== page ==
For me it was encouraging to hear her story – coming late to the harp. Having issues (like a very limited repertoire) and finding ways to cope in the moment and long-term. I keep looking for messages that reinforce my future with the harp– her story makes mine seem possible. We just need to keep working.
I also appreciated the concept of a simple melody line and a simple base line or a few notes or chords–simple can be beautiful too — and for now it is all I can do –so that spoke to me.
Perhaps for the more experienced harpist, that reminder to keep it simple might be a good thing and have a different meaning than I would take away. Good advice for any experiential level.
“I have always wanted to move towards improvisation and creating my own arrangements, but didn’t know how to begin.”
My first, and biggest, takeaway is that DHC’s webinar – as a whole – is deceptively simple – and brilliant! Seriously. The five “secrets” presented in the webinar are simple, yet immensely powerful.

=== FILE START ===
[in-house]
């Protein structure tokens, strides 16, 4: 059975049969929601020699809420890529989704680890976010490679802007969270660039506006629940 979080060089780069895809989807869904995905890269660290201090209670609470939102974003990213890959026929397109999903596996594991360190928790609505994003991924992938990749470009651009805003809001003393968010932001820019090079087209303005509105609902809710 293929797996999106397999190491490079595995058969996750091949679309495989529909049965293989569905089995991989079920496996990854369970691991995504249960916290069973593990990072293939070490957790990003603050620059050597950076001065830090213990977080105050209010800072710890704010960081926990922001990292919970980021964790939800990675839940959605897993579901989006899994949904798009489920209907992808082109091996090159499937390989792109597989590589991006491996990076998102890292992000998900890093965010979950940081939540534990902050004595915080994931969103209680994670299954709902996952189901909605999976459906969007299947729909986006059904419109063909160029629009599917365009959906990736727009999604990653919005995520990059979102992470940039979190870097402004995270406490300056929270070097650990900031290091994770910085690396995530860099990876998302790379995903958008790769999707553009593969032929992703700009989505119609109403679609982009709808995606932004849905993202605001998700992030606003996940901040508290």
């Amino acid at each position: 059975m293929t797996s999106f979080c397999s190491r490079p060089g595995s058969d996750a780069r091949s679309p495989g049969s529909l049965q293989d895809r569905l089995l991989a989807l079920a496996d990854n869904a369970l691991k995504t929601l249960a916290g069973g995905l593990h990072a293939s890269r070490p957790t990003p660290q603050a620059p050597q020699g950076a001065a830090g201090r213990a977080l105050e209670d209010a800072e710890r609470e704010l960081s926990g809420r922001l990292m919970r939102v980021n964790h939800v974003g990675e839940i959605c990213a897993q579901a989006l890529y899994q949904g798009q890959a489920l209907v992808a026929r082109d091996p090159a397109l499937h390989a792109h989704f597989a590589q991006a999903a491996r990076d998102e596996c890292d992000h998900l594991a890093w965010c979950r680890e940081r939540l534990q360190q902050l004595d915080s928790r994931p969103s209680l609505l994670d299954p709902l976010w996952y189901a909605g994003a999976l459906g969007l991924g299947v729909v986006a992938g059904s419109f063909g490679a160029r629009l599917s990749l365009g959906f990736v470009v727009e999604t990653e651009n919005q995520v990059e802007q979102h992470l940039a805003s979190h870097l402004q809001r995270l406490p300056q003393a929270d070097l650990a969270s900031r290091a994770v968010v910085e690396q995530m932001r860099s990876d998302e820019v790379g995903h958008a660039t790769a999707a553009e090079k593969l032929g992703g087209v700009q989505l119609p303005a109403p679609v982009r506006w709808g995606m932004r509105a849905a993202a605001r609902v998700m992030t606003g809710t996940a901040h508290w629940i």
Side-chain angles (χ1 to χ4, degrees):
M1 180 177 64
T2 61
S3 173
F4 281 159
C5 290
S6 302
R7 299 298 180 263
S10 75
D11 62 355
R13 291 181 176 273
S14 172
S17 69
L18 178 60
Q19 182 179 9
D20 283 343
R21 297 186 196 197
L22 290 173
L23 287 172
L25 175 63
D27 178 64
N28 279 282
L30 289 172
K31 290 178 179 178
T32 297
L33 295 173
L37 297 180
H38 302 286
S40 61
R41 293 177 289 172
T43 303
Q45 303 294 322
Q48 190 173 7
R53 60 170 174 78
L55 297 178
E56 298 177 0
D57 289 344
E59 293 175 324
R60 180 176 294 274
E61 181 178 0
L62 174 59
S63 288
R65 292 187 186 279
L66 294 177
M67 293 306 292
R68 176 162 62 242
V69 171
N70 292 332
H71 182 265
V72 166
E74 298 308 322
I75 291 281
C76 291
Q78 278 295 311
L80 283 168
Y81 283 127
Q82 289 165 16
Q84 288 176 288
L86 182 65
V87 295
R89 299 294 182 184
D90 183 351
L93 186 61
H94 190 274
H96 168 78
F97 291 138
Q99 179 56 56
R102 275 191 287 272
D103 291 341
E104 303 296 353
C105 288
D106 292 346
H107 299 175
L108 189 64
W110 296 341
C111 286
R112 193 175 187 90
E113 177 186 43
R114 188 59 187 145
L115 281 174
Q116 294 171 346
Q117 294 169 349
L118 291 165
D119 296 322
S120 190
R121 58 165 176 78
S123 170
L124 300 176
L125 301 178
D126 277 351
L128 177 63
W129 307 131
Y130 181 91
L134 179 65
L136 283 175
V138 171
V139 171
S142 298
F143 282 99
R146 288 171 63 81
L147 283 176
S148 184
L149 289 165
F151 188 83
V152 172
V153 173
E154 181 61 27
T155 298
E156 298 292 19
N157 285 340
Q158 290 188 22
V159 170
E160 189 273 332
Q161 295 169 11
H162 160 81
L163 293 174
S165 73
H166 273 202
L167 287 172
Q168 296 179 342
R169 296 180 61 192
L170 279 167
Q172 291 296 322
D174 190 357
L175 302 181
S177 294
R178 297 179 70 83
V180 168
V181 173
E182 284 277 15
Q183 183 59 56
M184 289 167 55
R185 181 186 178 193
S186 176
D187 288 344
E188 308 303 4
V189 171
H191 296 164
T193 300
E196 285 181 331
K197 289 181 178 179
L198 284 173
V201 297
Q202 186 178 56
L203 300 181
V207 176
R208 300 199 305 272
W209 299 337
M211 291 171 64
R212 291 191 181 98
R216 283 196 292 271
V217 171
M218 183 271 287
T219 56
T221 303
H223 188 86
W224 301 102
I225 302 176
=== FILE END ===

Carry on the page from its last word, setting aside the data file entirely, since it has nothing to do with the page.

They were all presented in a lively, informative manner, and provided very useful tools that musicians of any skill level can access immediately.
The practical ideas and reassuring support are provided in a way that makes the tips very easy to remember and use.
As a lower-intermediate, “paper-trained” harper who rarely strays from the printed page, I particularly appreciated all of DHC’s ideas.
I have always wanted to move towards improvisation and creating my own arrangements, but didn’t know how to begin. The process always seemed so daunting. Reading the pre-arranged dots on the page seemed a much easier alternative.
The tips in the webinar give me a way to achieve my goals in a simple and completely accessible way. They will become the stepping stones of my journey towards a deeper, more freeing, relationship with my harp.